Dress of our Group.

We use authentic patterns of the 1790-1815 era in our group, and have a library of them which each group member is able to use for free if s/he sews. We only ask that you make a copy of the pattern and not cut up the original. If you do not know how to sew, we suggest you learn the basics because it will save you a lot of money in this hobby. We do have, however, several seamstresses in our group and a tailor at our disposal who are quite skilled and willing to sew items for you. Contact us for a list of names and contact for our preferred clothing constructors. One particular item to note, is that we strongly encourage members' clothing to fit the cut and style of the time, which was not only high waisted but also close and conforming to the body. They did NOT wear loose-fitting clothing like nowadays. When one looks at original paintings, both coats and trousers are conforming to the body. Unfortunately, the picture below does not show this ideal and is outdated.



This is a picture of a Sergeant. This is generally what a soldier should look like if he prefers the full regimental look with the exception that the Sgt's wool is better quality and a Private would not wear a sash. To get this regimented look for a Private you will need:


Same as above except these differences:













This is a photo of one of our lovely ladies. A fully kitted out woman should have the following items:

*Note* You may notice that we are describing a two piece item for ladies here, and at events you see most ladies wearing one piece Regency dresses. Both one piece and two piece combinations are accurate, although traditionally full gowns were reserved for the upper class, or a lady might have one in her collection for church and special occasions.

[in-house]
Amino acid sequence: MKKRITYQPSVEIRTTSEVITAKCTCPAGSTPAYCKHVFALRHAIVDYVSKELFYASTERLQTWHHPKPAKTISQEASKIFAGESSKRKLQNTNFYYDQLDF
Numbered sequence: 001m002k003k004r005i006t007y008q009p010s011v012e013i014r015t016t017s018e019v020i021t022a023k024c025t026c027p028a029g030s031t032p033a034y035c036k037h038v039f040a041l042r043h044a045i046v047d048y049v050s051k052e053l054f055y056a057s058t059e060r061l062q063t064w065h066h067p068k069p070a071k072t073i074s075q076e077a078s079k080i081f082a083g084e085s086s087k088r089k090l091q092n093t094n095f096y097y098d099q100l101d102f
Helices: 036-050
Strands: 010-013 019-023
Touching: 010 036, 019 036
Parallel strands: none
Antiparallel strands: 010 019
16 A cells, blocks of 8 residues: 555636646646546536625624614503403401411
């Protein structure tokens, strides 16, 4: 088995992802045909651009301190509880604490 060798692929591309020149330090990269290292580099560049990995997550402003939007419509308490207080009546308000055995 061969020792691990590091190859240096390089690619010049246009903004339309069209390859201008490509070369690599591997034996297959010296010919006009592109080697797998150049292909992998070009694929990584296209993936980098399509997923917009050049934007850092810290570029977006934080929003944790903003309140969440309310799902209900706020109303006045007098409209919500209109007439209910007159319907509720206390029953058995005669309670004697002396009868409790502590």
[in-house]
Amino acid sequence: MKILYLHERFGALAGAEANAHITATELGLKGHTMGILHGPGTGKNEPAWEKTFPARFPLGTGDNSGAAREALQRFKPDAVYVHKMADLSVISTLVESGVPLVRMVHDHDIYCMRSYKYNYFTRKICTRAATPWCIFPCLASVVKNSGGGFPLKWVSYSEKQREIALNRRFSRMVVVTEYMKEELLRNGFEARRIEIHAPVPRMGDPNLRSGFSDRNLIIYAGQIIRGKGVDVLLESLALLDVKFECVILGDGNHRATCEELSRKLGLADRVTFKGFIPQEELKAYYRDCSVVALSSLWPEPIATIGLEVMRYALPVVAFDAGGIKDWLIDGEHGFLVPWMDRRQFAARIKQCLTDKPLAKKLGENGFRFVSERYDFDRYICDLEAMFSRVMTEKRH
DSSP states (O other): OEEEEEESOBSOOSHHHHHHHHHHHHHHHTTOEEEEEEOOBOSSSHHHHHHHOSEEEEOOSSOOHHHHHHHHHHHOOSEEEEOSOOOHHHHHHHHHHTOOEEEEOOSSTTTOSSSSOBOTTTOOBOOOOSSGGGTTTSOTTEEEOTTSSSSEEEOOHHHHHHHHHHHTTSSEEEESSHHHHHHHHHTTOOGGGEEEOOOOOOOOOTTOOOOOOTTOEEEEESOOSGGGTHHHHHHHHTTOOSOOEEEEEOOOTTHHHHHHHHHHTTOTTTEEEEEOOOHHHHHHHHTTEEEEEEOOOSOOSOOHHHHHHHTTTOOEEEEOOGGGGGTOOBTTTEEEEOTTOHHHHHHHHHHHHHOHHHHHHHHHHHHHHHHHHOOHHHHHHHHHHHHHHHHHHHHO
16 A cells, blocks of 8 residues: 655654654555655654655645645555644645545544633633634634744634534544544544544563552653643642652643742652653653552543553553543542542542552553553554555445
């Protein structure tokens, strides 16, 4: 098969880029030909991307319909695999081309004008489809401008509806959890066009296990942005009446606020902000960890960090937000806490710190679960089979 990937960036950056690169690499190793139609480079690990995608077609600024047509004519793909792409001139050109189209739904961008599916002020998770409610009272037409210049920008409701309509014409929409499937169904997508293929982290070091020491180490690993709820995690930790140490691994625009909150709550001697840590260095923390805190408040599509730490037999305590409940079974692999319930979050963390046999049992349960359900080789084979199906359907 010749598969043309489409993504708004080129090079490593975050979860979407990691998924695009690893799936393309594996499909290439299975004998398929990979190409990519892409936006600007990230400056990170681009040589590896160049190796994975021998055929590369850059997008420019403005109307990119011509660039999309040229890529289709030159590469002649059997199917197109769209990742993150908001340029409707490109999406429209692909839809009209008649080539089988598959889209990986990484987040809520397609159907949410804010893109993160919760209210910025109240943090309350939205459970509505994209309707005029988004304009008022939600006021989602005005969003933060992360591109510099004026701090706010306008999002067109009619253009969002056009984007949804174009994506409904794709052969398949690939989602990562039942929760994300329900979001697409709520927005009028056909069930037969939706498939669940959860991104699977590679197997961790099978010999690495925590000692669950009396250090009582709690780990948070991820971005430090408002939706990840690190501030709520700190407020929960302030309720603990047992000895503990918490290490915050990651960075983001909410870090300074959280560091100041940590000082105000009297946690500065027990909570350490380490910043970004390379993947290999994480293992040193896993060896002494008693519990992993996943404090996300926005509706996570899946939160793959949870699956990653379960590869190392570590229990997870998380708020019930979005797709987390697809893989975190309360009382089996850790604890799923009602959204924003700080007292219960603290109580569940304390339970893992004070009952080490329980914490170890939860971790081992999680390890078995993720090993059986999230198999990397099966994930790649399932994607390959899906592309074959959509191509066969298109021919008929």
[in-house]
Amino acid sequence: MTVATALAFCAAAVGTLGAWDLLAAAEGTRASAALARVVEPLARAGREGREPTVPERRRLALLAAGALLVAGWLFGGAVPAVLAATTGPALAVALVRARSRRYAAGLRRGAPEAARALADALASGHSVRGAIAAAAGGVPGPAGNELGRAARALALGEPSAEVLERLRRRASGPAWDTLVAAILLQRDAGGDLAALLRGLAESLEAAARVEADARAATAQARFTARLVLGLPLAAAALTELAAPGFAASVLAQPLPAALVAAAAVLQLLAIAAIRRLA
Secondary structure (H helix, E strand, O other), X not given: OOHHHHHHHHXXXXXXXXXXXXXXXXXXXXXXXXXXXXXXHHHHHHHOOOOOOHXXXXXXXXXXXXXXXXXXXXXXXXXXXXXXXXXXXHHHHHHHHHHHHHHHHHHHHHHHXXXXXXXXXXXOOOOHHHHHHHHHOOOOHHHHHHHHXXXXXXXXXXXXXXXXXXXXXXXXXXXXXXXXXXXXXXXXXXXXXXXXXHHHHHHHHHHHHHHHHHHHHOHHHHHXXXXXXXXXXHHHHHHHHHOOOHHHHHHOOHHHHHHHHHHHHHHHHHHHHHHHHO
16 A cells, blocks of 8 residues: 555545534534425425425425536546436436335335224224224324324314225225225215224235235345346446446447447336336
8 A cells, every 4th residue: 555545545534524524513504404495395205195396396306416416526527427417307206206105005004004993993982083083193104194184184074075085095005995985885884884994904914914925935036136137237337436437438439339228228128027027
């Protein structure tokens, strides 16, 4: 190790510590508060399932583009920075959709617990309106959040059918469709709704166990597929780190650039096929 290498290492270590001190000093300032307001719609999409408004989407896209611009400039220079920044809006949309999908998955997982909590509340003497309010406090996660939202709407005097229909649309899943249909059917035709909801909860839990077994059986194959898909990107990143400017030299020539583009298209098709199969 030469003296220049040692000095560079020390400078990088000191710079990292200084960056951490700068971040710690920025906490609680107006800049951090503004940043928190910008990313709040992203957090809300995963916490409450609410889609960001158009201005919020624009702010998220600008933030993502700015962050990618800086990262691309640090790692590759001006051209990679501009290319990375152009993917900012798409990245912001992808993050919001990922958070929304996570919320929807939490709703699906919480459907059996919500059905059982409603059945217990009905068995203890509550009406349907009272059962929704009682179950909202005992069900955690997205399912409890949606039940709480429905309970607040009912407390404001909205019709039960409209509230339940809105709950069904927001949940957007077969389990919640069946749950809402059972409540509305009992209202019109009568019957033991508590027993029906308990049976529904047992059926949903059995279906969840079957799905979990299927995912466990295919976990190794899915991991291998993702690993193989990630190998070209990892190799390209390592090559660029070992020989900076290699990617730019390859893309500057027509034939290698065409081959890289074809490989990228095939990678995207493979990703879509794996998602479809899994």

Since we try to portray hisorically accurate roles, and if we accept the premise that most women following the army are either workers hired by the army to do jobs, or married to Privates and NCO's, their dress should reflect their station in life; that of a common working woman. The two piece kit described above is typical for a working class female, but was also used sometimes, with finer material, for high class occasions. One-piece gowns were starting to become popular across class lines, so although both are correct, there are simply too many one piece gowns out there. When one looks at the paintings of William Pyne, the evidence is plain. He completed over 1000 sketches of working scenes of the common people in Britain right before the start of this war, and the strong majority of women are portrayed in working situations wearing a two piece set of clothes, not a one piece. We request that all women in our unit begin with a high waisted, two piece Regency outfit and then down the road may add a one piece outfit for special events. Ladies transferring from other units and who do not have a two piece outfit are asked to have one to wear before the start of the next season.


Here you see both of our officer's beautiful kids. When children are young, regardless of sex, they may be dressed in a simple white linen shift, linen mob cap, and shoes, either Chinese slippers or centre seam moccasins. Once they get to be around six, you should start kitting them out in proper reenacting gear for kids. As you can see, they don't like their mob caps and prefer wearing Daddy's hat.

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